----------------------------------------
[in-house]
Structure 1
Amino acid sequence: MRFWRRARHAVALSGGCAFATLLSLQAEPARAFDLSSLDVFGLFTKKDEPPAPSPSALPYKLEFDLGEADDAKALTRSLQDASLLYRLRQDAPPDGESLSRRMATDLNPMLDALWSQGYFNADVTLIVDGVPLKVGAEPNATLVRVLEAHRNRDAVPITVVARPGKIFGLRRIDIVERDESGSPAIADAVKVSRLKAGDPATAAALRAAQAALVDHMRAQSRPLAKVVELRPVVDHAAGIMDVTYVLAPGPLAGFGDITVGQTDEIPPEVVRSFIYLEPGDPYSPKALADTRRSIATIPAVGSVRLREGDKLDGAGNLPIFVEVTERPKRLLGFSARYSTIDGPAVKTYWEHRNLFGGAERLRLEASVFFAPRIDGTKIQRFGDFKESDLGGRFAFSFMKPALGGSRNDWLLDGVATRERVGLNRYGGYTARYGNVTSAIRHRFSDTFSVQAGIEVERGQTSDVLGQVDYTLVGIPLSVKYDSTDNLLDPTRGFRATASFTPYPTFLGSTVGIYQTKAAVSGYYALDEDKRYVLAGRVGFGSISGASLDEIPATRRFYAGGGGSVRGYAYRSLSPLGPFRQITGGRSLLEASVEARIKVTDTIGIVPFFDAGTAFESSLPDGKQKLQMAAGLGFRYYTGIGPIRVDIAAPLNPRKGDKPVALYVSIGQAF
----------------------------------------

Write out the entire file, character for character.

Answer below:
[in-house]
Structure 1
Amino acid sequence: MRFWRRARHAVALSGGCAFATLLSLQAEPARAFDLSSLDVFGLFTKKDEPPAPSPSALPYKLEFDLGEADDAKALTRSLQDASLLYRLRQDAPPDGESLSRRMATDLNPMLDALWSQGYFNADVTLIVDGVPLKVGAEPNATLVRVLEAHRNRDAVPITVVARPGKIFGLRRIDIVERDESGSPAIADAVKVSRLKAGDPATAAALRAAQAALVDHMRAQSRPLAKVVELRPVVDHAAGIMDVTYVLAPGPLAGFGDITVGQTDEIPPEVVRSFIYLEPGDPYSPKALADTRRSIATIPAVGSVRLREGDKLDGAGNLPIFVEVTERPKRLLGFSARYSTIDGPAVKTYWEHRNLFGGAERLRLEASVFFAPRIDGTKIQRFGDFKESDLGGRFAFSFMKPALGGSRNDWLLDGVATRERVGLNRYGGYTARYGNVTSAIRHRFSDTFSVQAGIEVERGQTSDVLGQVDYTLVGIPLSVKYDSTDNLLDPTRGFRATASFTPYPTFLGSTVGIYQTKAAVSGYYALDEDKRYVLAGRVGFGSISGASLDEIPATRRFYAGGGGSVRGYAYRSLSPLGPFRQITGGRSLLEASVEARIKVTDTIGIVPFFDAGTAFESSLPDGKQKLQMAAGLGFRYYTGIGPIRVDIAAPLNPRKGDKPVALYVSIGQAF